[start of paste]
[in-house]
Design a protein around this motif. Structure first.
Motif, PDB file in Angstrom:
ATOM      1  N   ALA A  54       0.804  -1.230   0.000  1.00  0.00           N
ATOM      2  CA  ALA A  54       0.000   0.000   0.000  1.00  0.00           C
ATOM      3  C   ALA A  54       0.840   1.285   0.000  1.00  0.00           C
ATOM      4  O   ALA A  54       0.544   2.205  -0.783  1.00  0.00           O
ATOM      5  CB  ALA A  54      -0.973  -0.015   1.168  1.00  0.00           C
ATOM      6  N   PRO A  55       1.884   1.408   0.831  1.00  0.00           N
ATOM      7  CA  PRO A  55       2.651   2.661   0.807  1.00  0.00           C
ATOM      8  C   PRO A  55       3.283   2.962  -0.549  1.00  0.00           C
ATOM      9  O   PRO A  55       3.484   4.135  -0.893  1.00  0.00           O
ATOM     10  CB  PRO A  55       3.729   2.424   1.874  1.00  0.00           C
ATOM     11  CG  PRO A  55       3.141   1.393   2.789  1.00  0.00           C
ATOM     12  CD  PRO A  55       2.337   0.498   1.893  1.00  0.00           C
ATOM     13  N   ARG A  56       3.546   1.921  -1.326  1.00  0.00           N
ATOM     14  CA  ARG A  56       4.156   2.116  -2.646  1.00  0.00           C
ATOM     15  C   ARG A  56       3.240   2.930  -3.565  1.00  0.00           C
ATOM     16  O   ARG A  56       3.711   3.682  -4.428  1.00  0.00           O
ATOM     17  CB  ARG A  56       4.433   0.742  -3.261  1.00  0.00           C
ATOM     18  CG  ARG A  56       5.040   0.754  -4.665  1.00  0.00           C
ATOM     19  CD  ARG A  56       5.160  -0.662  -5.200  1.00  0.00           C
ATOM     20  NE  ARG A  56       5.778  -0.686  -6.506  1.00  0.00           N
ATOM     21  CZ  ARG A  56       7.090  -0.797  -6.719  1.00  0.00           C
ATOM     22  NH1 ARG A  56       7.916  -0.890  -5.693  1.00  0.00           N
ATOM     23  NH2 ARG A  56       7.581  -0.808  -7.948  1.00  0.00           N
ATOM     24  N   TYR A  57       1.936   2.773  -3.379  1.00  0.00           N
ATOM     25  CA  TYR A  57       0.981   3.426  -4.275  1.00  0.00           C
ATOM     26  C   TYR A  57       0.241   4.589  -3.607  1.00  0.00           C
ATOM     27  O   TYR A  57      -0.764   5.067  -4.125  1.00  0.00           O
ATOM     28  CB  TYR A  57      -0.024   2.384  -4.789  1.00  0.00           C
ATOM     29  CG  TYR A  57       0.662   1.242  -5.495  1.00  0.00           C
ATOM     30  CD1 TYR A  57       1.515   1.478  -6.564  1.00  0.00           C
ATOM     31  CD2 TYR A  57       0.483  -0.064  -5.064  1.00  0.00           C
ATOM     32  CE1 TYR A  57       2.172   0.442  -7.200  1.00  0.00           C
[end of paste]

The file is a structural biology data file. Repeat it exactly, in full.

[in-house]
Design a protein around this motif. Structure first.
Motif, PDB file in Angstrom:
ATOM      1  N   ALA A  54       0.804  -1.230   0.000  1.00  0.00           N
ATOM      2  CA  ALA A  54       0.000   0.000   0.000  1.00  0.00           C
ATOM      3  C   ALA A  54       0.840   1.285   0.000  1.00  0.00           C
ATOM      4  O   ALA A  54       0.544   2.205  -0.783  1.00  0.00           O
ATOM      5  CB  ALA A  54      -0.973  -0.015   1.168  1.00  0.00           C
ATOM      6  N   PRO A  55       1.884   1.408   0.831  1.00  0.00           N
ATOM      7  CA  PRO A  55       2.651   2.661   0.807  1.00  0.00           C
ATOM      8  C   PRO A  55       3.283   2.962  -0.549  1.00  0.00           C
ATOM      9  O   PRO A  55       3.484   4.135  -0.893  1.00  0.00           O
ATOM     10  CB  PRO A  55       3.729   2.424   1.874  1.00  0.00           C
ATOM     11  CG  PRO A  55       3.141   1.393   2.789  1.00  0.00           C
ATOM     12  CD  PRO A  55       2.337   0.498   1.893  1.00  0.00           C
ATOM     13  N   ARG A  56       3.546   1.921  -1.326  1.00  0.00           N
ATOM     14  CA  ARG A  56       4.156   2.116  -2.646  1.00  0.00           C
ATOM     15  C   ARG A  56       3.240   2.930  -3.565  1.00  0.00           C
ATOM     16  O   ARG A  56       3.711   3.682  -4.428  1.00  0.00           O
ATOM     17  CB  ARG A  56       4.433   0.742  -3.261  1.00  0.00           C
ATOM     18  CG  ARG A  56       5.040   0.754  -4.665  1.00  0.00           C
ATOM     19  CD  ARG A  56       5.160  -0.662  -5.200  1.00  0.00           C
ATOM     20  NE  ARG A  56       5.778  -0.686  -6.506  1.00  0.00           N
ATOM     21  CZ  ARG A  56       7.090  -0.797  -6.719  1.00  0.00           C
ATOM     22  NH1 ARG A  56       7.916  -0.890  -5.693  1.00  0.00           N
ATOM     23  NH2 ARG A  56       7.581  -0.808  -7.948  1.00  0.00           N
ATOM     24  N   TYR A  57       1.936   2.773  -3.379  1.00  0.00           N
ATOM     25  CA  TYR A  57       0.981   3.426  -4.275  1.00  0.00           C
ATOM     26  C   TYR A  57       0.241   4.589  -3.607  1.00  0.00           C
ATOM     27  O   TYR A  57      -0.764   5.067  -4.125  1.00  0.00           O
ATOM     28  CB  TYR A  57      -0.024   2.384  -4.789  1.00  0.00           C
ATOM     29  CG  TYR A  57       0.662   1.242  -5.495  1.00  0.00           C
ATOM     30  CD1 TYR A  57       1.515   1.478  -6.564  1.00  0.00           C
ATOM     31  CD2 TYR A  57       0.483  -0.064  -5.064  1.00  0.00           C
ATOM     32  CE1 TYR A  57       2.172   0.442  -7.200  1.00  0.00           C